Fallout: New Vegas and Pentiment director Josh Sawyer says he “didn’t like” some of the dialogue mechanics and choices in Fallout 3 and sought to differentiate Obsidian’s open-world game from the Bethesda RPG by decreasing “randomisation”.
In Fallout 3, the success or failure of certain dialogue options – for example, convincing someone to give you more caps for a quest – is, to a degree, randomised, meaning you can reload and retry if you don’t get the right dialogue result. Sawyer says he “didn’t like” the “randomisation” and “save scumming” that this system produced, and tried to design New Vegas to “get away from that mentality”.
“I looked at how Fallout 3 did their percentage-based skill checks, and I didn’t like the randomisation and the save scumming that resulted, meaning people reloading a lot,” Sawyer tells Kinda Funny Games. “One of the biggest takeaways from that was trying to get away from the mentality that because a dialogue option is unlocked, you should always pick it because it’s always the best option.”
Sawyer also explains how encouraging players to think more about dialogue options, rather than just choosing them because they’re unlocked, helped inform the choice-based narrative of Fallout: New Vegas and later Pentiment, the Obsidian adventure game launched on November 15.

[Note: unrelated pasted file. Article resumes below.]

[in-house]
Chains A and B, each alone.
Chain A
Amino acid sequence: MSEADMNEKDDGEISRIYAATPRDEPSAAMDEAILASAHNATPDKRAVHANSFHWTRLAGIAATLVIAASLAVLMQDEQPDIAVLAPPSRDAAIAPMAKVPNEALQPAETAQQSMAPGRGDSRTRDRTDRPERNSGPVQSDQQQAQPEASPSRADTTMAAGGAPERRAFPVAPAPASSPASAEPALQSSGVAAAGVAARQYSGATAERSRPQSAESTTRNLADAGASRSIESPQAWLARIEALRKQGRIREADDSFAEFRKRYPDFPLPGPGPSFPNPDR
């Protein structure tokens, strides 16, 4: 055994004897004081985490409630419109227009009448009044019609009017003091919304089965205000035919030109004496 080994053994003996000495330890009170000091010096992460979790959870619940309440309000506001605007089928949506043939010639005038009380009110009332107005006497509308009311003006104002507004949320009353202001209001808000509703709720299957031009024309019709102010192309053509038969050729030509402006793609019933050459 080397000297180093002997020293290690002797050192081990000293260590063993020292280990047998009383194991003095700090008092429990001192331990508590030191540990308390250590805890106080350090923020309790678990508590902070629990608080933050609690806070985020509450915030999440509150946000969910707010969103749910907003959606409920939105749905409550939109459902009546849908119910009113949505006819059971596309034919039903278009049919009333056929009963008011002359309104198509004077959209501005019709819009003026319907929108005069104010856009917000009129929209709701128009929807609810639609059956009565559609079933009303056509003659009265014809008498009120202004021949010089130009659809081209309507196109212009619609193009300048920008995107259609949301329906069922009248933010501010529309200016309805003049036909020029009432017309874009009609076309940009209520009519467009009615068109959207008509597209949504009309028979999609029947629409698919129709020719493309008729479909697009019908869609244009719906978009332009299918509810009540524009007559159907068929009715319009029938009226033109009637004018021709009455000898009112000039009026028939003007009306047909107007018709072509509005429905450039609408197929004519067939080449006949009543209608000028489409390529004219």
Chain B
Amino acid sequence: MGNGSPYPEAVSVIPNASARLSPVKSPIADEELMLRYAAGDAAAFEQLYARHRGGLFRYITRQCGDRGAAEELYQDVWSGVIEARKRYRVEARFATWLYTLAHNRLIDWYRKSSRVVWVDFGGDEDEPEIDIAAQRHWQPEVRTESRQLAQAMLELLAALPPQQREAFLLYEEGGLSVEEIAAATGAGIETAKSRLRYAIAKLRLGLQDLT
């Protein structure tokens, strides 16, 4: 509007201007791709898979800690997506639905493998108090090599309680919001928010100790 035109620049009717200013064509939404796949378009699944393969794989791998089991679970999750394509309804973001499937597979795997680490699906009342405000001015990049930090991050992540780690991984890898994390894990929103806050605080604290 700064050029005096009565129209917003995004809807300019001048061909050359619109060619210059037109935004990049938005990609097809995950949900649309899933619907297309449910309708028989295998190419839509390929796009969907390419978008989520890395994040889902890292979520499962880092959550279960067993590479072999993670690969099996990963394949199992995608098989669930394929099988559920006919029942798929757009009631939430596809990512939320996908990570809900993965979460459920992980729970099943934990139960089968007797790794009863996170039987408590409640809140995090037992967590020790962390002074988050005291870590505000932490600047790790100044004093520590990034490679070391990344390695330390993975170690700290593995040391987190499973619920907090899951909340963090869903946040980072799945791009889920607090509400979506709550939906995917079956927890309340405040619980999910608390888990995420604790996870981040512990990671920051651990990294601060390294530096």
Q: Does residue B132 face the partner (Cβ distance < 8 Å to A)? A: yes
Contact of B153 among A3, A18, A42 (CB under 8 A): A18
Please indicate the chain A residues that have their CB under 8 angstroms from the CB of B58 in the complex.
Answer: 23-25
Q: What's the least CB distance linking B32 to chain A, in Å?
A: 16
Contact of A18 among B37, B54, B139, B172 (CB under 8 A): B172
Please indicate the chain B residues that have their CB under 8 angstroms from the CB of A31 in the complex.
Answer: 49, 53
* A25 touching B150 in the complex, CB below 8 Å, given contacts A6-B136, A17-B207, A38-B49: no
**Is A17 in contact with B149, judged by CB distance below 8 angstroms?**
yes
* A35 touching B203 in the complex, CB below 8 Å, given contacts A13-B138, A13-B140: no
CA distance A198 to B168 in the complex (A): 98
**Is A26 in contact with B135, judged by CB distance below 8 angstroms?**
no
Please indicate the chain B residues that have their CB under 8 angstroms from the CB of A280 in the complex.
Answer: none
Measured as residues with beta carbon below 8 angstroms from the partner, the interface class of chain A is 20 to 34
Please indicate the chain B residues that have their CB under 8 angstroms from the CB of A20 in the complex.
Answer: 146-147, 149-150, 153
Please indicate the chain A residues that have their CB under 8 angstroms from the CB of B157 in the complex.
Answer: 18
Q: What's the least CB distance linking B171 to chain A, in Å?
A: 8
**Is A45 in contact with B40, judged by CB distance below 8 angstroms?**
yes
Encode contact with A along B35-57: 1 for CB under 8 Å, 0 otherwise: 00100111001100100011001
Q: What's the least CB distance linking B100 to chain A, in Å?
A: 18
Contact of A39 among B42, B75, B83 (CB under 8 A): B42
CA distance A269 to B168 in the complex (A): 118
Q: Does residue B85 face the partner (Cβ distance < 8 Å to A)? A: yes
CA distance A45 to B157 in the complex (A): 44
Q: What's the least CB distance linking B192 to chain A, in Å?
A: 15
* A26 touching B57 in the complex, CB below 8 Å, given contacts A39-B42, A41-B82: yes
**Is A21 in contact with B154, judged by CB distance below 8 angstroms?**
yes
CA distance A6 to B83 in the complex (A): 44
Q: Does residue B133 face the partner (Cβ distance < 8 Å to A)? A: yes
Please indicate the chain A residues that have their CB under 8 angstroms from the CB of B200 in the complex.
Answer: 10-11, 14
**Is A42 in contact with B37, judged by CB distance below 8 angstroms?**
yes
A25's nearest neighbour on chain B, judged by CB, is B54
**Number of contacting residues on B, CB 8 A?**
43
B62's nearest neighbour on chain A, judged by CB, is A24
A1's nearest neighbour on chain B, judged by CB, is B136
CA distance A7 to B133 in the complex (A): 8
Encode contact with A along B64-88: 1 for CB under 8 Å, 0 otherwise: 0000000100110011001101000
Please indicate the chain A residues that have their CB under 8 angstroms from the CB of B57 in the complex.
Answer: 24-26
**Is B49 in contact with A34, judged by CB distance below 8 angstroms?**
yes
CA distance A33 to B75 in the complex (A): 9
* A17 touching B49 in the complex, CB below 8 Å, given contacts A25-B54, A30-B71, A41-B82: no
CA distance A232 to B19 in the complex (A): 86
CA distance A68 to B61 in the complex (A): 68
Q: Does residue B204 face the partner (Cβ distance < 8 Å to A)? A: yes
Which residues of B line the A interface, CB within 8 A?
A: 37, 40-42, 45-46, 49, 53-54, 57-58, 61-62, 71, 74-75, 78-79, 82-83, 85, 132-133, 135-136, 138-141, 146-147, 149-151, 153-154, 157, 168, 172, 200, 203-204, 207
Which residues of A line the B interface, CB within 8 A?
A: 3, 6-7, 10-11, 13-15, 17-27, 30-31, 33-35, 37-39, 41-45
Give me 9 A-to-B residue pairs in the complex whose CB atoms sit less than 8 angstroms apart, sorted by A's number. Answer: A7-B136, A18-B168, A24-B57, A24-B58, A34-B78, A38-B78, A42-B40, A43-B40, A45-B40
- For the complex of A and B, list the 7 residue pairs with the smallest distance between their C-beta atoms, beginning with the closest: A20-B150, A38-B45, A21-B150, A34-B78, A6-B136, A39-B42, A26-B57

“In Pentiment, I worked really hard with the narrative designers to make sure when our background options appear… sometimes it’s not helpful, so the player has to put a little more thought into not choosing it automatically,” Sawyer explains. “With Fallout: New Vegas, although they’re very different in scope, people like to see the impact of choice and consequence.
“In Pentiment we tried to look at it like, there is this central storyline that runs through, but there are significant choices about individual people and relationships that play out over the course of the game, and you get to see a lot of those smaller choices reflected in the actual ending. People see the aggregation of all these little things they did come to play at the end.”
Sawyer describes the development of Fallout: New Vegas as “crazy”, outlining how the Obsidian team had just 18 months to develop the RPG based on a game engine it had never used before. The director also suggests some ideas for the settings for new Fallout games, and says he would like to return to the RPG series in the future.
“I do think California or the Midwest would be very interesting,” Sawyer says. “I have to be passionate about it as a director, but also it has to be something the team is really excited about and works within the larger idea of the property. A lot of people have talked about Fallout in other parts of the world. I think those are interesting as well. I love Fallout and I love the setting, and I could see myself working on it again. But we’ll see where the future takes me.”
With details about the Fallout 5 release date still rumbling away, it will be fascinating to see where Bethesda (or maybe Obsidian, who knows?) takes the apocalypse game next. In the meantime, Starfield is still making its way towards launch, so you might want to get ahead of the curve with our guides to Starfield planets and Starfield guns, lest you get caught out when the game finally hits liftoff.